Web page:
No detail was left out in creating this stunning Adirondack Lodge. The magnificent log house and stone home commands attention. Inside you will find carefully chosen barn board siding used throughout to add increased interest to the interior of the log home. Every rail, inside and out, is adorned with twig balusters in keeping with the traditional Adirondack style. The massive stone fireplace and floor-to-ceiling windows make the grand cathedral living space the center of the lodge. The beautiful log house has multiple exterior porches that encircle the lodge allowing guests to enjoy every aspect of the warmly wooded atmosphere.
Using reclaimed barn board wood for new log house and cabin building construction projects is something that is becoming more and more popular. Log house contractors have begun renovating both wood cabins and public spaces with wood that is reclaimed from old barns, commercial buildings, factories, and houses all across America. Whether you are building a new wood cabin or renovating a cabin building, reclaimed wood can add the character that you want.
Working with reclaimed wood is popular in both rustic wood cabins designs and modern log house designs. You might choose to use a barn board accent wall in a room in your wood cabin or use reclaimed for the beams. Reclaimed wood comes in a variety of shapes and sizes and different sources. There is nothing that can compare to an authentic piece of reclaimed wood; it has a unique story to tell and a look all its own. Regardless of the source of your reclaimed wood you choose to use in your wood cabin design, there are a few tips for using this type of wood. If you use reclaimed barn board wood, it may have been in the elements for a 100 years or more. The reclaimed barn wood may be covered in dirt, dead bugs, amongst other things. Because of this, you will need to clean it. Start by using a stiff nylon bristle brush and give the barn wood a brisk rub down. This will help get rid of any loose dirt. Follow this up with a quick spray with an air hose to clean off the finer particles of dirt. Some people like to clean the reclaimed barn wood with a high-pressure water sprayer, but you have to be careful, or you may risk damaging the wood.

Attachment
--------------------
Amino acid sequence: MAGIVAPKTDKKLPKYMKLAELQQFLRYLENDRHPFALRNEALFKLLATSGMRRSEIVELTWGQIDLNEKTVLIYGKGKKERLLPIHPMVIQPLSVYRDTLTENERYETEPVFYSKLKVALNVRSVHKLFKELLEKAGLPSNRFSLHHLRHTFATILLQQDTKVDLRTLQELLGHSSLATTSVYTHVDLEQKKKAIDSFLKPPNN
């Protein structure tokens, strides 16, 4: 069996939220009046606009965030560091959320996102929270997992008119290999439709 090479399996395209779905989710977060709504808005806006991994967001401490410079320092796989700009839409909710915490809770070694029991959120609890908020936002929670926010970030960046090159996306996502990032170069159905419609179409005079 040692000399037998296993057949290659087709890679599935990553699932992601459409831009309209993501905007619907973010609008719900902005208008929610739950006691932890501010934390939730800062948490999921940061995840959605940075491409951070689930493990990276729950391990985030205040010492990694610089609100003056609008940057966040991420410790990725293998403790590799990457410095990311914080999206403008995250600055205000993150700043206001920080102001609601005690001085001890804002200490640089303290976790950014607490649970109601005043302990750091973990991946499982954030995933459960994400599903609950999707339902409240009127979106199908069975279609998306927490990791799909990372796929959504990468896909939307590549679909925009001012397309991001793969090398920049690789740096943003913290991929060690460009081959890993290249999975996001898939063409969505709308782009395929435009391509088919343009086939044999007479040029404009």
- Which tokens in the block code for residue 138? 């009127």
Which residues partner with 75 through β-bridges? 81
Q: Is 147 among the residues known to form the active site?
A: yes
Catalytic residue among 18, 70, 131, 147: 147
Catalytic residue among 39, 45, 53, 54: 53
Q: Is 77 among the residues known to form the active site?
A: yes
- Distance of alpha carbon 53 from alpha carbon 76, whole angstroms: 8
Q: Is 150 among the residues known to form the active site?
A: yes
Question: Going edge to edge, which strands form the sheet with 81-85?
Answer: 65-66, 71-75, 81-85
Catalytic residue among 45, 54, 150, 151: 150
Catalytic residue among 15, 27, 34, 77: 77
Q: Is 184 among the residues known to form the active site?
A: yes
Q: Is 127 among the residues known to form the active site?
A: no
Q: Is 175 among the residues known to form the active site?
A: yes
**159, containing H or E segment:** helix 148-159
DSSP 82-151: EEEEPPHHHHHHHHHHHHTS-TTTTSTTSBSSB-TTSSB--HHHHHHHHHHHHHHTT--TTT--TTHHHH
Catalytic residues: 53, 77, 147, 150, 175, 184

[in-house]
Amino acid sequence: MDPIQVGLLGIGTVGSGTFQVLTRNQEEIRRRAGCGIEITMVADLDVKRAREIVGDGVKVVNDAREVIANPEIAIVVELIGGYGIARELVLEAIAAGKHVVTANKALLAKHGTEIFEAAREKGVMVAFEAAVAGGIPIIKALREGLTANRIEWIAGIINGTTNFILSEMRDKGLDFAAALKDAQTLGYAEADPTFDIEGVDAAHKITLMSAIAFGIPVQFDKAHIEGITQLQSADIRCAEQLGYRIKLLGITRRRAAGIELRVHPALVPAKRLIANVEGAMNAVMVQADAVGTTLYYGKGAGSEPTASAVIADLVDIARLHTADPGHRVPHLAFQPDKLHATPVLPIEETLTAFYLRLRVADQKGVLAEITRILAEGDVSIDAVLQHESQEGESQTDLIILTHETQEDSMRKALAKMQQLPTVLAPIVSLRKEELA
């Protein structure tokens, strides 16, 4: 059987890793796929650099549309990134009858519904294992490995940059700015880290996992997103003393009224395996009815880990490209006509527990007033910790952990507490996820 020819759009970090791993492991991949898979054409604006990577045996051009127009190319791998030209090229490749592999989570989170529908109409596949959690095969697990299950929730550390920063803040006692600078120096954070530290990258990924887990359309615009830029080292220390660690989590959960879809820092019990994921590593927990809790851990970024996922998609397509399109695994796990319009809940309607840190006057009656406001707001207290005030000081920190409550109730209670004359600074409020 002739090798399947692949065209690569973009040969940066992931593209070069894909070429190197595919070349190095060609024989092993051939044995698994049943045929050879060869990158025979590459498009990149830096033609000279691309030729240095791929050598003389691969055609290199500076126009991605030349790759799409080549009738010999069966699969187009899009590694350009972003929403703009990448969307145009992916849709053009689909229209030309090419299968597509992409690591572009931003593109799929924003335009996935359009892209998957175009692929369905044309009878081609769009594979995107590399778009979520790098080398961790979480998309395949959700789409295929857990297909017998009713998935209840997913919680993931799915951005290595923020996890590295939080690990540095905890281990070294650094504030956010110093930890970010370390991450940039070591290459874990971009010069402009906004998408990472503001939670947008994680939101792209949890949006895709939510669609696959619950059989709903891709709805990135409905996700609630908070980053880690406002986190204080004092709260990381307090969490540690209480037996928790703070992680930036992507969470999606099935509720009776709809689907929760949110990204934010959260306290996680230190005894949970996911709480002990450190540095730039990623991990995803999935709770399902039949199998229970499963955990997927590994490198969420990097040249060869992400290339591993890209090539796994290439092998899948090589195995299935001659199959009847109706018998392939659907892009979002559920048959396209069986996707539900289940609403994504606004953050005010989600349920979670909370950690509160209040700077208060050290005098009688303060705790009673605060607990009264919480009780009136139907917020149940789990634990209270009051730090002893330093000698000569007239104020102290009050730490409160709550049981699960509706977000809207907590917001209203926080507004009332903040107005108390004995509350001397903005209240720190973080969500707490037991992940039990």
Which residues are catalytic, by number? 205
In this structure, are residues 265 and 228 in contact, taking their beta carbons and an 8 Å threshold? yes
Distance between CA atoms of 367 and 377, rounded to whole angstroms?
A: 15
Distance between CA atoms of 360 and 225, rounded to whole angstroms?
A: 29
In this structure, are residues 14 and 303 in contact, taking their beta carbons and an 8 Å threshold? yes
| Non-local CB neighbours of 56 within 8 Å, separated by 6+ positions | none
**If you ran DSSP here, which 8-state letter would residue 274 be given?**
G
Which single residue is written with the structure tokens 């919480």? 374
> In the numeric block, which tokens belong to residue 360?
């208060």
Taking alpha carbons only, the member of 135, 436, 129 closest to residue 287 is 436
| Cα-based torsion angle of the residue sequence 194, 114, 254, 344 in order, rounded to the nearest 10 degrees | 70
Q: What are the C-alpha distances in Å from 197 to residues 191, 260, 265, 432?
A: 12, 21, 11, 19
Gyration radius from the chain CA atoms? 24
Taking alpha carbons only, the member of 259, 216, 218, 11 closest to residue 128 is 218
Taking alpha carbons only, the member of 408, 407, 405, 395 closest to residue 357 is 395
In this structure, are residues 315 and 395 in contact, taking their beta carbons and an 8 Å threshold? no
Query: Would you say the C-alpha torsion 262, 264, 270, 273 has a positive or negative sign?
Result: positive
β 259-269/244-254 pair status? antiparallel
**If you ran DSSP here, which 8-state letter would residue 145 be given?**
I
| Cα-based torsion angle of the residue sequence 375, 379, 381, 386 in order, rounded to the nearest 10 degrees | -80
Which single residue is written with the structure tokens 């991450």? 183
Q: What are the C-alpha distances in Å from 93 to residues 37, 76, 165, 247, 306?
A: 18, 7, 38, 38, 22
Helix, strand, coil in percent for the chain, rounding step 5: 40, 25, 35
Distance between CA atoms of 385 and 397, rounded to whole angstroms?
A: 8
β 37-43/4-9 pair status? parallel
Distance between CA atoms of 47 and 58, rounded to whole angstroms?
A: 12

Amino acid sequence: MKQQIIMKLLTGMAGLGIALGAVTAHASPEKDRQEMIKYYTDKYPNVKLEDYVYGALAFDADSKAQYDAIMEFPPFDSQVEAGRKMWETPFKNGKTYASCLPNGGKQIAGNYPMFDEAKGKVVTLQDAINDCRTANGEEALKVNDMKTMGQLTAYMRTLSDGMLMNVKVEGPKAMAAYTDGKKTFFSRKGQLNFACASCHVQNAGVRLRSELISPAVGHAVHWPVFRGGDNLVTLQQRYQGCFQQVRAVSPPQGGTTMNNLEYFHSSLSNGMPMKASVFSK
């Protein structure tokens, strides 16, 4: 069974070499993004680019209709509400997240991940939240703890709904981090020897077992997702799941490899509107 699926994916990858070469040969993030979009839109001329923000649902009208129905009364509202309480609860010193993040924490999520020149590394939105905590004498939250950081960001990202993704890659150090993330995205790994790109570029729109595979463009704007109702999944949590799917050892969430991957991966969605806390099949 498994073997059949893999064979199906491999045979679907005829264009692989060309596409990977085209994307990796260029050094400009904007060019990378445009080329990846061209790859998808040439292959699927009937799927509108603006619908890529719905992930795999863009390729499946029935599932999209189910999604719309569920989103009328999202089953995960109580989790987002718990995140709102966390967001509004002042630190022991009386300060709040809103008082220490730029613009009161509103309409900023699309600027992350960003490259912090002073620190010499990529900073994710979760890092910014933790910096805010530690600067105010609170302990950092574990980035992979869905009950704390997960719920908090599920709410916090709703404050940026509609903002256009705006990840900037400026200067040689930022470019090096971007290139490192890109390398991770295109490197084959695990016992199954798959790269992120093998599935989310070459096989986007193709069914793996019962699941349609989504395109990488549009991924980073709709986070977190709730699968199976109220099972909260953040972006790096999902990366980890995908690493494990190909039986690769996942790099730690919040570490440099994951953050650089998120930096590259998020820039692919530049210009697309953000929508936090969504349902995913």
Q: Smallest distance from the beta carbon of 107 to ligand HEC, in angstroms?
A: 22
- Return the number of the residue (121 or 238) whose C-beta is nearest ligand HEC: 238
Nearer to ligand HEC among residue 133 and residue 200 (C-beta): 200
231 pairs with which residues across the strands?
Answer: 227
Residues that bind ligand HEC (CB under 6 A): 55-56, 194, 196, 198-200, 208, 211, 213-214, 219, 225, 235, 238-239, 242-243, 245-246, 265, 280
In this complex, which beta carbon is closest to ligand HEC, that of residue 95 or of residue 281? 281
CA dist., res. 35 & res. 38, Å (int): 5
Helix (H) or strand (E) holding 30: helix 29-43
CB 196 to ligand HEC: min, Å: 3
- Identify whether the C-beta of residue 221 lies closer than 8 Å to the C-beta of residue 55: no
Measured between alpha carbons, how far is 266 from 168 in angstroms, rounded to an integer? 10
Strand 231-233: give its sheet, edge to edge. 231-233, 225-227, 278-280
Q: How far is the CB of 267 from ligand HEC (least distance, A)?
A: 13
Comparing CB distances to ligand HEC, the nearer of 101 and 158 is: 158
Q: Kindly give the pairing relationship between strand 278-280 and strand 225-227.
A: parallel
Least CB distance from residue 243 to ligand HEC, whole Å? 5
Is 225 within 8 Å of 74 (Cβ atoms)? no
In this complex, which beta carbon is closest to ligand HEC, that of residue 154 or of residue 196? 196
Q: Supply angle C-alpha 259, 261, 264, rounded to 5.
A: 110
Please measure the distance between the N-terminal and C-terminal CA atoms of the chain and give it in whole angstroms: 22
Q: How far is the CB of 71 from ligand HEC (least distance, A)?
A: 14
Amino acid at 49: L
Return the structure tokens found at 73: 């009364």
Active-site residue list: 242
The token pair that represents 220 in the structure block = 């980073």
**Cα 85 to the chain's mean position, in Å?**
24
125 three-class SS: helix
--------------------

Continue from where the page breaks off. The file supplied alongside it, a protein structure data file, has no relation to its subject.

Next, you will need to inspect the reclaimed barn wood for any remaining metal. As part of a barn, the barn boards would have been nailed to the barn structure, and some of the nails may be left behind. The same goes for pallet wood, you'll want to give each piece of wood a good visual inspection, and you’ll catch about 99 percent of it before it dulls your saw blade. Then check for bugs. Pallet wood usually doesn’t have an issue with this, but with barn wood, it will depend on the type of wood. Some places that specialize in barn wood kiln dry the reclaimed barn wood, to kill off any bugs and to remove any moisture from the building material. If you suspect that a piece of barn wood has bugs, you’ll need to be sure and get rid of them, as you don't want any bugs invading the inside of your wood cabin or log house.
More about this story can be found at: Mcgray & Nichols